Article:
Anne Boleyn’s relationship with Henry Percy is often interpreted romantically in modern fiction, but it is frustratingly undetailed in the contemporary sources. In the spring of 1536, shortly before Anne’s execution, the Imperial ambassador recorded that Henry VIII desired an annulment of their marriage ‘for there were witnesses testifying that another marriage passed nine years before [1527] had been made and fully consummated between her [Anne] and the Earl of Northumberland [Percy]’. Aside from the misplaced dating of Anne’s involvement with Percy, the report is interesting in that it suggests that the Boleyn-Percy relationship was well-known at court. Some historians have speculated that Henry’s marriage to Anne was annulled on the grounds of her pre-contract to Percy, but the earl emphatically denied that he had exchanged marriage vows with her. Possibly, in 1523, they exchanged de futuro vows, which signalled an intent to marry in the future. Ultimately the marriage was prevented by Wolsey and the earl of Northumberland, Percy’s father. Instead, Percy married Lady Mary Talbot: their union was unhappy and childless. The next recorded reference to Anne is in 1527. The implication must be that she resided at the Boleyn family properties, perhaps Hever in Kent, after her dismissal from court; eventually she seems to have returned to Katherine’s household. Retha Warnicke has suggested that Anne’s reappointment may have occurred at the end of 1526, since Thomas Boleyn paid a bill of £3 for her at court. Traditionally, of course, Henry VIII’s interest in Anne has been dated to the spring of 1526, but it is impossible to date the beginning of their relationship because the date of Anne’s return to court is unknown.

With regards to Anne’s date of birth, it is surely revealing that Thomas Boleyn does not appear to have engaged in marital negotiations for his daughter between 1523, when she was dismissed from court as a result of the Percy liaison, and 1527, when Henry VIII’s love for Anne became public. According to the traditional interpretation of Anne’s age, which places her birth in 1500-1, she would have been aged between twenty-two and twenty-seven years old during these years. It seems extraordinary to argue that seemingly no attempt was made during this period to arrange a marriage for a noblewoman of Anne’s status, who was the niece of the earl of Surrey and granddaughter of the duke of Norfolk, if she was born as early as 1500. This conundrum makes more sense if Anne was born in 1507, since she would have been sixteen in 1523 and twenty in 1527. Sixteenth-century noblewomen were customarily married by the age of twenty. Anne’s mother was married at the age of twenty-one, at the latest (her marriage jointure dates to 1501), while Mary Boleyn was nineteen or twenty when she married in 1520. Anne’s sister-in-law Jane Parker was the same age when she wed George Boleyn in 1524. Henry VIII’s preference was for women in their late teens or early twenties; admittedly Katherine Parr was thirty-one when she married the king in 1543, but she had been married twice previously, and her first union had taken place when she was seventeen. Not one contemporary author suggested a birth date of 1501 for Anne; in fact, only the hostile Elizabethan author Nicholas Sander indicated that she had been sent to the French court in disgrace at the age of fifteen, suggesting a birth date of 1499. Sander, of course, also accused Anne of being a physically deformed witch and of committing incest with her brother. The obscurity of Anne’s life between 1523 and 1527, a period in which she does not appear to have resided exclusively at court, coupled with the apparent lack of interest in securing a marriage for her, can be understood with reference to her age. It was not urgent to complete a marriage for Anne if she was sixteen when dismissed from court in 1523 and twenty when her affair with Henry VIII became public knowledge in 1527. Gareth Russell has also noted, of course, that Anne’s age was never raised as an issue when Henry attempted to annul his marriage to Katherine, while her social standing, religious beliefs and character were all questioned by those partisan to Katherine. By the standards of sixteenth-century noble matchmaking, an intent to marry a woman aged twenty-six in 1527 and thirty-two in 1533 would have been astonishing, especially in view of Henry VIII’s serious concerns about securing the future of his dynasty.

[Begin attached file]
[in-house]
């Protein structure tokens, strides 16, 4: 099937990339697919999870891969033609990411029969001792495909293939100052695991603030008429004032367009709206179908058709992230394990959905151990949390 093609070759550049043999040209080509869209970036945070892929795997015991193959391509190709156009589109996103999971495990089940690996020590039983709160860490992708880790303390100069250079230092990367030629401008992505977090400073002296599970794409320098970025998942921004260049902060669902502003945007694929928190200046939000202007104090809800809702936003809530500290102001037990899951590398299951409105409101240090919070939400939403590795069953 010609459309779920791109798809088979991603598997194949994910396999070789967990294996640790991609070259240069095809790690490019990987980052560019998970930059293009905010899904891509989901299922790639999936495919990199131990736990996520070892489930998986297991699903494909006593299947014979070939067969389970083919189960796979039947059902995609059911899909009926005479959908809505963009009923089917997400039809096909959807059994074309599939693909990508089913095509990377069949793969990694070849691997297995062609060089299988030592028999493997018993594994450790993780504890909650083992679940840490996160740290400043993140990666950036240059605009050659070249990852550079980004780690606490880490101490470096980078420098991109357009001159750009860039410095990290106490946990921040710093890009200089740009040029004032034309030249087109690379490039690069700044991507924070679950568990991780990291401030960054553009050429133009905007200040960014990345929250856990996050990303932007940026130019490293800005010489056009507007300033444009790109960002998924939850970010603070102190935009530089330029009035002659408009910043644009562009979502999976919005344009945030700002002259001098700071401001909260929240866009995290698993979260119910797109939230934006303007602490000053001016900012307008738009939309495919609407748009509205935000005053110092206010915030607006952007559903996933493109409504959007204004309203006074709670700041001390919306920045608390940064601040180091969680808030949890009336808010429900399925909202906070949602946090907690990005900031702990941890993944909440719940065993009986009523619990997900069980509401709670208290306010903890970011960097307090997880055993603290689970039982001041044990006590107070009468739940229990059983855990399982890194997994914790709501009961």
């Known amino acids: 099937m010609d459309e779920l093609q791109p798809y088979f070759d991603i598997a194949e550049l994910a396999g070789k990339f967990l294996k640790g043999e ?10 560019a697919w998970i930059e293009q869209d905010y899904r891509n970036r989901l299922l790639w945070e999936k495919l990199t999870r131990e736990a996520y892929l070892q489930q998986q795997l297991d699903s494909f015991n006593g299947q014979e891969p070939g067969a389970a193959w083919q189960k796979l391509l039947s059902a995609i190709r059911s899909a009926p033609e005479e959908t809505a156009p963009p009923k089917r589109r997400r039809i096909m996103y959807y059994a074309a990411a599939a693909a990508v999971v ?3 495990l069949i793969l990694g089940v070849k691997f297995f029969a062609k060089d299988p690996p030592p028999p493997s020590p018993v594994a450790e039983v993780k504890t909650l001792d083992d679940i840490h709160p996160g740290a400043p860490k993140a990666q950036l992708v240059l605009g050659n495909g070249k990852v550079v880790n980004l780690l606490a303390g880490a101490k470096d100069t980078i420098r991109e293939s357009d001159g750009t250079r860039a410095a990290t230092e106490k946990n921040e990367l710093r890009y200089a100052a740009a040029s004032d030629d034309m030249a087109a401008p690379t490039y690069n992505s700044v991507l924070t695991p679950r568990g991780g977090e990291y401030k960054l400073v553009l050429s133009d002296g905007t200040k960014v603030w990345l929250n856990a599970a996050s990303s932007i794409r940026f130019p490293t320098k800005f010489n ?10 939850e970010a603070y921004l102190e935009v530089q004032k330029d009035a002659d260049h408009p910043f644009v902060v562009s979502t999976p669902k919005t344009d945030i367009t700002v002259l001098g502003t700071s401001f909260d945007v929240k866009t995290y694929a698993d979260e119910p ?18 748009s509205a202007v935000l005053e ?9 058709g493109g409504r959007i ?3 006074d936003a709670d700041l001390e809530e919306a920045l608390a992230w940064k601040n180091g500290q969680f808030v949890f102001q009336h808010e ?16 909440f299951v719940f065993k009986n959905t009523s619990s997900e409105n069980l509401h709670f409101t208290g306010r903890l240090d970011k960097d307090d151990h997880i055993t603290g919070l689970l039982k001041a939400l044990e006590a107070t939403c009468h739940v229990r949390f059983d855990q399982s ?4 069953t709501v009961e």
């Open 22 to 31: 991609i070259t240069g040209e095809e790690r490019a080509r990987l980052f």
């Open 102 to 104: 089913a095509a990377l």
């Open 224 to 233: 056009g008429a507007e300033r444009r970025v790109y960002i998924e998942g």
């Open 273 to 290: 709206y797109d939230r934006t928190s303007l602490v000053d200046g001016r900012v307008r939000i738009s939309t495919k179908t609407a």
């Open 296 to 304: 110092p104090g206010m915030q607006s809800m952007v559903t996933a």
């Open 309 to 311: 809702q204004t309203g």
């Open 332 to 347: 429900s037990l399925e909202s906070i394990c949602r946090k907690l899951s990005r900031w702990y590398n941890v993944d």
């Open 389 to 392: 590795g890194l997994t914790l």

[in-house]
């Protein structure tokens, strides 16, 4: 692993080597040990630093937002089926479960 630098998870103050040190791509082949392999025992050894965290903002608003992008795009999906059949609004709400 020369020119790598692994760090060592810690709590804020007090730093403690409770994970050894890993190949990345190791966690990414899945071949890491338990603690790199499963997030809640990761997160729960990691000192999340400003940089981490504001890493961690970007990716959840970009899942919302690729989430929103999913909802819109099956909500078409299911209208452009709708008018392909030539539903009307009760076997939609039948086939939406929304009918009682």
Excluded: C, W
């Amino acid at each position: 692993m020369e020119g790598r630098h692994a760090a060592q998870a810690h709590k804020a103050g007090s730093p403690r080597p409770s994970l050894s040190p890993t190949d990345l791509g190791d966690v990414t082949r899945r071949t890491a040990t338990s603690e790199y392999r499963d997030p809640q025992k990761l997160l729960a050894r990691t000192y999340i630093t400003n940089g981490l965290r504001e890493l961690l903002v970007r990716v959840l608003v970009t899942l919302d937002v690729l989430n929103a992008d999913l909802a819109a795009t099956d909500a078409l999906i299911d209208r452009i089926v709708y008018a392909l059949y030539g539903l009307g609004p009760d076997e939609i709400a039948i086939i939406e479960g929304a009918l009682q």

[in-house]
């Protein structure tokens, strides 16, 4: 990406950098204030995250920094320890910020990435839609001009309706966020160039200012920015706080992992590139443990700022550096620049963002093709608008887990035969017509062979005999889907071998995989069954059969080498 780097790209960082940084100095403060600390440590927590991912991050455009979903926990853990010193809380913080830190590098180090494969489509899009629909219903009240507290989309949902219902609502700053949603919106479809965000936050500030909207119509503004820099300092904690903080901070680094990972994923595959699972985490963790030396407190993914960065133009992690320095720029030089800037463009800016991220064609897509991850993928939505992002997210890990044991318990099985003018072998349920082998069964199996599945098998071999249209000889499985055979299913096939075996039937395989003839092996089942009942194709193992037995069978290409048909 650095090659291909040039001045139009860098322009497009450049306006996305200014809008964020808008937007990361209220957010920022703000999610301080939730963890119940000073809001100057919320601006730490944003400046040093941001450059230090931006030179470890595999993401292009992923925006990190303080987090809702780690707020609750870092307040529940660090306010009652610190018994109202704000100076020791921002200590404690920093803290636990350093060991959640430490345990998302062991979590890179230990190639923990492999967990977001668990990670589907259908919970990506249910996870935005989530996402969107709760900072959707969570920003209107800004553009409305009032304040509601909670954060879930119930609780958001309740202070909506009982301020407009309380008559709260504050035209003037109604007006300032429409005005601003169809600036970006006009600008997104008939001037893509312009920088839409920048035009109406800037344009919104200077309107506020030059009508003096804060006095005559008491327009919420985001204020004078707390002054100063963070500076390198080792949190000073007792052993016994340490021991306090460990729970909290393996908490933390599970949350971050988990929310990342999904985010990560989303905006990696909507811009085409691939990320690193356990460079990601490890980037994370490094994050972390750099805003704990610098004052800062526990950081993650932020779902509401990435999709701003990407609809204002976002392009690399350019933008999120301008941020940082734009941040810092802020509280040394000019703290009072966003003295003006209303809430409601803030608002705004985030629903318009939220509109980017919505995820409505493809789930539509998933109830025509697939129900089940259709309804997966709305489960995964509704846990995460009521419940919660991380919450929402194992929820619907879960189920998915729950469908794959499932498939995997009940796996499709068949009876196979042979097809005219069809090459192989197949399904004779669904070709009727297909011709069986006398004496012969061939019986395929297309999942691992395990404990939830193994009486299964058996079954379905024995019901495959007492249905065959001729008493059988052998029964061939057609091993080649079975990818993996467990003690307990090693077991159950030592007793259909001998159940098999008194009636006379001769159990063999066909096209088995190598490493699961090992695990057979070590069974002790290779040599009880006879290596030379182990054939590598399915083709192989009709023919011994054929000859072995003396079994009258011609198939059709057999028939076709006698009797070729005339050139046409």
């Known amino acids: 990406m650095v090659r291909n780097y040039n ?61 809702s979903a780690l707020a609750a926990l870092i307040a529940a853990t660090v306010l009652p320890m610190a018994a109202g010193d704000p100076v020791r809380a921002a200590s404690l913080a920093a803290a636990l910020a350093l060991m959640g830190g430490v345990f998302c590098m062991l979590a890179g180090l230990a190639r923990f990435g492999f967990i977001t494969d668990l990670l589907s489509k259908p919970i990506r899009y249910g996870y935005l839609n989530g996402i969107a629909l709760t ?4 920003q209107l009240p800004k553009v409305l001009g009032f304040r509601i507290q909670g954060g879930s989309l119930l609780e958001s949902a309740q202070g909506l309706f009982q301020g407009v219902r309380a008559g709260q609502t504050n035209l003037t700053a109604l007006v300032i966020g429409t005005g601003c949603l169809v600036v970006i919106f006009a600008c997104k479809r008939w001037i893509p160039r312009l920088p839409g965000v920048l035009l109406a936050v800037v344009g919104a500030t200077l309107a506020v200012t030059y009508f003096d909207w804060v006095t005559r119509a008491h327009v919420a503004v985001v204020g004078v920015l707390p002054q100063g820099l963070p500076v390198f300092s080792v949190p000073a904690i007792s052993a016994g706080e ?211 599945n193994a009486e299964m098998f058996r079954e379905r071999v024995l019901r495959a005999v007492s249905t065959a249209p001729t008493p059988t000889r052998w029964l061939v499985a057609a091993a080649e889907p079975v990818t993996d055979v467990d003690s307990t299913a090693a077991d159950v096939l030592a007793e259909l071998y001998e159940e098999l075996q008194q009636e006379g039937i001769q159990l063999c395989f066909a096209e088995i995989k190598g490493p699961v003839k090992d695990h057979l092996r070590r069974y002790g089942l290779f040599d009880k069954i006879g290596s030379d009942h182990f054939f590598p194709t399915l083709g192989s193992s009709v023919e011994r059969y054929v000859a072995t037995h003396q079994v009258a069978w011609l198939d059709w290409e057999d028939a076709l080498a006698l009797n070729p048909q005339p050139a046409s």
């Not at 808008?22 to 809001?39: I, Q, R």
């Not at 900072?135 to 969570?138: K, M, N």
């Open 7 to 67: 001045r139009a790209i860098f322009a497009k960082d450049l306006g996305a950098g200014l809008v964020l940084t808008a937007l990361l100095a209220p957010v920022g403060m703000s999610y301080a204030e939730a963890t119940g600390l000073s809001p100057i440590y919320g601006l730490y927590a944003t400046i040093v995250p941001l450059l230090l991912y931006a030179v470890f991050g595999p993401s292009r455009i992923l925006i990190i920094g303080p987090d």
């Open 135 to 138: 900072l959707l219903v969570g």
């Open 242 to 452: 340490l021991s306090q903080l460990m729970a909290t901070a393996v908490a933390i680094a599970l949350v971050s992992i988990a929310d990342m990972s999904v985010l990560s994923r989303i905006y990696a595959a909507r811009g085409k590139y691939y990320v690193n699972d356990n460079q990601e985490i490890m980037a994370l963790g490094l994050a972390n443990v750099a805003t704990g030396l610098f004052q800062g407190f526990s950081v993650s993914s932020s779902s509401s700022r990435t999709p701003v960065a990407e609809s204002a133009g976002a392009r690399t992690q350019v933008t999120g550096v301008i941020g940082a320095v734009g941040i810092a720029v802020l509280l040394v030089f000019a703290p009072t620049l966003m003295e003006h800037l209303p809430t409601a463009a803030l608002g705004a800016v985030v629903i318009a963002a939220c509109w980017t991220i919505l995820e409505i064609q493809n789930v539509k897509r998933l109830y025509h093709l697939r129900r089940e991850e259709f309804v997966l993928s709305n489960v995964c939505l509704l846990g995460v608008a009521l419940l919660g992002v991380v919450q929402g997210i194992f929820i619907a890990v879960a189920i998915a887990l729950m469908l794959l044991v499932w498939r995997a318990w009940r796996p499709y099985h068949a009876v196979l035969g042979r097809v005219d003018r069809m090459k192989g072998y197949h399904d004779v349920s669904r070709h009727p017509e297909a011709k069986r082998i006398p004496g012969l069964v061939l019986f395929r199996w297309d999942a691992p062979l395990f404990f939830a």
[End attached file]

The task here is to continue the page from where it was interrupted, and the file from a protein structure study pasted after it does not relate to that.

The evidence suggests that Anne may have initially resided in the household of Mary, duchess of Suffolk after her return from the French court in late 1521; as noted, both she and the duchess participated in the Chateau Vert pageant in March 1522. Cavendish’s memoirs indicate that Anne was appointed to the household of Katherine of Aragon by 1523; her liaison with Henry Percy that year, however, was swiftly terminated on the orders of the king and Cardinal Wolsey and Anne was dismissed from court. The date of her reappointment remains uncertain, but it had taken place by late 1526. Her affair with Henry VIII became public knowledge in 1527, and as is well known, their marriage took place six years later.

About the Author

Conor Byrne studied History at the University of Exeter. He is the author of Katherine Howard: A New History and Queenship in England: Gender and Power in the Late Middle Ages, published by Made Global. Since 2012 he has run a historical blog and was formerly editor of Tudor Life Magazine. He specialises in late medieval and early modern European history, with a focus on gender, sexuality and the monarchy.

Related posts:



  1. Hi, Natalie!
    Do you ever think that you would make a second colouring book?

Leave a Comment